From the opening hymn to the recessional, the entire Mass was accompanied by a lone soprano pounding bravely away on an electric organ, backed up by a heavy-handed snare drum. The hymns were all from the ‘70s and ‘80s: something about peace, and celebrating, and justice, and we are one people, and harmony—all punctuated by loud raps on the drum. “Let us build the city of God (BOOM-chh-BOOM) may our tears be turned into dancing (BOOM BOOM).” I gritted my teeth, closed my eyes, and strained all my attention to focus on the readings, the homily (which was decent), and the holy sacrifice of the Mass—all to no avail. When the final “Thanks be to God” was muttered—full of genuine gratitude, on my part, that it was over—and the congregation crowded quickly out of their pews and into the parking lot, I staggered out into the sunshine feeling as though I’d just been subjected to the very dregs of liturgical artistry.
Now, come to think of it, I have heard some genuinely dreadful liturgical music in my time, both lyrically painful (“Lord of the Dance,” anyone?) and musically inappropriate (saxophone jazz at the Easter Vigil), but this Mass marked a particularly depressing milestone in my experience. It wasn’t just the inane lyrics; it wasn’t just the Disney-esque, vague ‘70s melody; it was the fact that, in addition to already being bad music, it was done so badly.
I wondered why this fact was what had made the music so distracting and frustrating to me, and I remembered that “A thing worth doing,” as G.K. Chesterton once said, “is worth doing badly.” This essentially means that if something is worth doing, then it is still worth doing even if we’re not very good at doing it. Take, for instance, my kitchen garden. It’s not acres of rich, abundantly fruitful lands that yield bucket-loads of harvest; it’s a little square of Southern clay with a few scraggly vegetables vines and a berry bush or two. But growing a garden, planting seeds and reaping the fruit of your own labor, is a thing worth doing, so it’s worth doing even if one is not wildly successful at it.  Learning how to paint is something worth doing—even if the artist isn’t a Rembrandt or Michelangelo. Writing is likewise something worth doing, even if it’s done rather badly—which is my excuse, anyway.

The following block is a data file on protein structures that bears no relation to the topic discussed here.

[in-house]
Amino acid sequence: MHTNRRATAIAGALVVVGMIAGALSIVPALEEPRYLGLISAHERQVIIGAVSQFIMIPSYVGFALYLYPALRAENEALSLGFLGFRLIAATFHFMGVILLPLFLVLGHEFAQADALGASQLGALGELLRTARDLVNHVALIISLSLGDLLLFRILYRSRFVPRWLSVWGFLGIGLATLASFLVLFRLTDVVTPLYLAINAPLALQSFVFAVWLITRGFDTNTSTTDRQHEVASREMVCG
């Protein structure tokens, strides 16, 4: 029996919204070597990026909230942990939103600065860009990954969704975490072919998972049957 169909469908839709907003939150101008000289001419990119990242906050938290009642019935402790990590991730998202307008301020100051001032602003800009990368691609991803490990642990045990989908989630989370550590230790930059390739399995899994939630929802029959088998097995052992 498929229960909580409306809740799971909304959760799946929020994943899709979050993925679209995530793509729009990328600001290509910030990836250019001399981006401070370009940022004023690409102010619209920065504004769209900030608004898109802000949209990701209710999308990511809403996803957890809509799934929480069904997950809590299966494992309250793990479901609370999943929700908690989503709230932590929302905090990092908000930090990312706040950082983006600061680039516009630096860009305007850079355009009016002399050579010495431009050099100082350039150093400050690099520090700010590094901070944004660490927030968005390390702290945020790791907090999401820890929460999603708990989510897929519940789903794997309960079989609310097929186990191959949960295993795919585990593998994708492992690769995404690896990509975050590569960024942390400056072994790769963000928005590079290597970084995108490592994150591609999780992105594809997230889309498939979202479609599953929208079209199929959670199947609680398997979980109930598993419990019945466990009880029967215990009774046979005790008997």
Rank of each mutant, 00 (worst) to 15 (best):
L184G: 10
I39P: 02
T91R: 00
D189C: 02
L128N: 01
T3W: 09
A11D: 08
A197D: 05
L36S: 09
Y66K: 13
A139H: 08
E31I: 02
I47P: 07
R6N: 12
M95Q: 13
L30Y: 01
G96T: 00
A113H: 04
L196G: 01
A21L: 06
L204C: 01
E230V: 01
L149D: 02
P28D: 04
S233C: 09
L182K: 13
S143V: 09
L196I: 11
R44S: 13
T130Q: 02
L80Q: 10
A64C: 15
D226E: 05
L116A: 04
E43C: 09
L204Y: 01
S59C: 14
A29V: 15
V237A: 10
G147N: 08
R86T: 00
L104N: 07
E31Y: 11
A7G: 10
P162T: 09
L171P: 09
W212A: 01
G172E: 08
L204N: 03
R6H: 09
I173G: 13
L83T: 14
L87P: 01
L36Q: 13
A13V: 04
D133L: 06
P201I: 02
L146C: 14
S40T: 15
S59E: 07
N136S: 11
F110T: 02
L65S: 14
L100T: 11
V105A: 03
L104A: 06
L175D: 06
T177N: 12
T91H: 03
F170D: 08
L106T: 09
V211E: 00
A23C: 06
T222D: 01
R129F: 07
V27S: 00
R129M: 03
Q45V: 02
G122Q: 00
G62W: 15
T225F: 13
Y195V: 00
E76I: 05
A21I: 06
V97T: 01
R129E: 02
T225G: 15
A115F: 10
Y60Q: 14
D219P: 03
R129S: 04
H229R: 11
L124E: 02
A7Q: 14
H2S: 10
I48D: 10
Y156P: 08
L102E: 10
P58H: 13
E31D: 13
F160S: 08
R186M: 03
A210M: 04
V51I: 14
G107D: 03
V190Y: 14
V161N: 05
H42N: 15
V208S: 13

But, on the other hand, I think it would be safe to propose a corollary to Chesterton’s principle: if a thing worth doing is worth doing badly, then a thing not worth doing is not worth doing badly. It’s not worth it to fight a war over a mile of territory; it is doubly idiotic to wage such a war badly. It’s not worth doing to plant a tree in the middle of the desert where it does not belong; it would be even less of a worthy task to badly botch the job of planting the tree.
I would not have minded the mind-numbingly-mediocre music at Mass half so much, I think, had it been goodmusic done badly. If the most a parish could get was a cantor singing “Holy, Holy, Holy” a capella, then very well: singing “Holy, Holy, Holy,” is a thing worth doing. If all that the music ministry has to offer, however, is badmusic done badly, then it would be better to have no music at all. Insipid liturgical hymns from the ‘60s onward are not worth doing, nor is a snare drum snapping an electric organ into meter. Why, then, must we have these things at all? Would not a reverent silence be far more conducive to prayer, to raising the mind and heart to God?